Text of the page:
By Steven Krolak
(NEW ALBANY, Ind.)–Teagan Sage ’20 and Rebekah Smith were recognized as Fulbright semifinalists.
Sage was shortlisted for a research grant in Austria. Smith is one step closer to a teaching assistantship in Bahrain.
“A Fulbright fellowship is one of the highest academic honors a college graduate can receive,” said Dr. Lisa Hoffman, Dean for Research and Graduate Studies. “The program is extremely competitive and being chosen as a semifinalist is a high honor.”
Fulbright grants support U.S. citizens living in another country for a one-year cultural exchange program. They spend the time abroad conducting research, teaching English or studying a particular topic about the host country.
Smith is a senior double-majoring in international studies and Spanish. She began learning modern Arabic and eventually visited Jordan and the Palestinian Territories, which had a direct impact on her pursuit of a fellowship
“I loved the language and the culture and after visiting that region of the world I was eager to go back and be a part of a community abroad,” Smith said. “Bahrain specifically speaks a specific dialect of Arabic that I wish to learn and use in my future work.”
If she receives the grant, Smith would be helping Bahraini university students develop their English skills in their specific areas of study.
Smith plans to attend law school, with a focus on international law, and pursue a career in the U.S. Department of State.
She acknowledges the inspiration and assistance of Dr. Jean Abshire, professor of political science and international studies, Dr. Diane Wille, professor of psychology, and Dr. Lisa Hoffman, dean for research and graduate studies, along with other faculty in her field.
“The faculty at IUS prepared me well to apply for this program and recommended the best courses to make me an effective English Teaching Assistant in a foreign country,” Smith said. “Regardless of the outcome I am extremely grateful for the opportunity to apply and I am grateful for the confidence that the IUS faculty has in me.”
For Sage, the dream of research in Austria must remain a dream for now, as his application was not among those awarded a fellowship.
He graduated with highest distinction in August 2020 with a major in International Studies and minors in German and History.
His research project, which grew directly out of his undergraduate work and independent research, would have focused on an aspect of Austrians’ complicated relationship with Nazi Germany.
As one who grew up in Germany, where his family lives, Sage’s project proposal had a deep personal relevance, and the support of expert faculty in Vienna, where he had hoped to work with primary source material and conduct interviews in German.
His sense of purpose is unchanged.
“My ultimate goal is to pursue work that facilitates transatlantic relations,” Sage said. “In this way, I hope to bridge my homes in North America and Europe and put my skills to use in work that emphasizes peace and reconciliation.”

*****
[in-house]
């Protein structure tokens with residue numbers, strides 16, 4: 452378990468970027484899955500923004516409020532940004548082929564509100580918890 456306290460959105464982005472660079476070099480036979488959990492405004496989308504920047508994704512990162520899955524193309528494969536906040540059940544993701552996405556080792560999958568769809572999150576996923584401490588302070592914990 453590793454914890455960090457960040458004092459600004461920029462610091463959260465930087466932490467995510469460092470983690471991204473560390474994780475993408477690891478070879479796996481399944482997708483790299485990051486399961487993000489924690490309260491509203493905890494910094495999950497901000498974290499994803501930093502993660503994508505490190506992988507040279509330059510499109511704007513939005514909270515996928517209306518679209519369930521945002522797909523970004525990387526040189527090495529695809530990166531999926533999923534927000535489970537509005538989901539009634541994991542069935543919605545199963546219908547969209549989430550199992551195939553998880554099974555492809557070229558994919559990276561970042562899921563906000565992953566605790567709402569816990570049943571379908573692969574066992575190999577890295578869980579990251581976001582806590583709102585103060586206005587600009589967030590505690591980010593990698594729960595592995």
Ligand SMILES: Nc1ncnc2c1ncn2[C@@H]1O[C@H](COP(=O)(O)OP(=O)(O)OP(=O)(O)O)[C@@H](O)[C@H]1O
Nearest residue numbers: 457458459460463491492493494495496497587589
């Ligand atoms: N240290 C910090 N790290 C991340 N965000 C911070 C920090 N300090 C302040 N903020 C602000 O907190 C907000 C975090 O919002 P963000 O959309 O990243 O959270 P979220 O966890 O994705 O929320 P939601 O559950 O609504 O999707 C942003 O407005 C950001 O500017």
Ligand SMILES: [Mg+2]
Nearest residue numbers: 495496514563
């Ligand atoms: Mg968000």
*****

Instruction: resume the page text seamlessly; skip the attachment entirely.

Despite the disappointment, Sage feels his journey has been memorable and rewarding.
“I learned a great deal about myself and now feel better prepared to redirect my focus with renewed vigor,”
Sage said. “I would encourage any IUS student to consider working with faculty and staff toward the possibility of a Fulbright.”
Like Smith, Sage was advised by Dr. Abshire, and credits faculty with creating opportunities for him to expand his skill set. He worked as the production and research intern for the International Power Hour show on Horizon Radio, and conducted an independent translation project.
“Our semifinalists have dedicated many hours of work into preparing their applications and studying about their potential host countries,” Hoffman said. “This honor reflects their commitment to be engaged international citizens who want to immerse themselves in learning about other cultures at a deeper level.”
Should she be offered a fellowship, Smith would follow in the footsteps of fellow Grenadiers Cory Blatz, Ryan Taylor Cannon, Jazmin Trejo Oliver, and Van Knopf.
“The success of our Fulbright nominees is another indicator of the breadth and depth of the preparation that students receive in our international studies programs and across our university,” Hoffman said.
The Fulbright Program is the flagship international educational exchange program sponsored by the U.S. government and is designed to increase mutual understanding between the people of the United States and the people of other countries. The primary source of funding for the Fulbright Program is an annual appropriation made by the U.S. Congress to the U.S. Department of State, Bureau of Educational and Cultural Affairs. Participating governments, host institutions, corporations, and foundations in foreign countries and in the United States also provide direct and indirect support. Recipients of Fulbright grants are selected on the basis of academic or professional achievement, as well as demonstrated leadership potential in their fields. The Program operates in over 160 countries worldwide.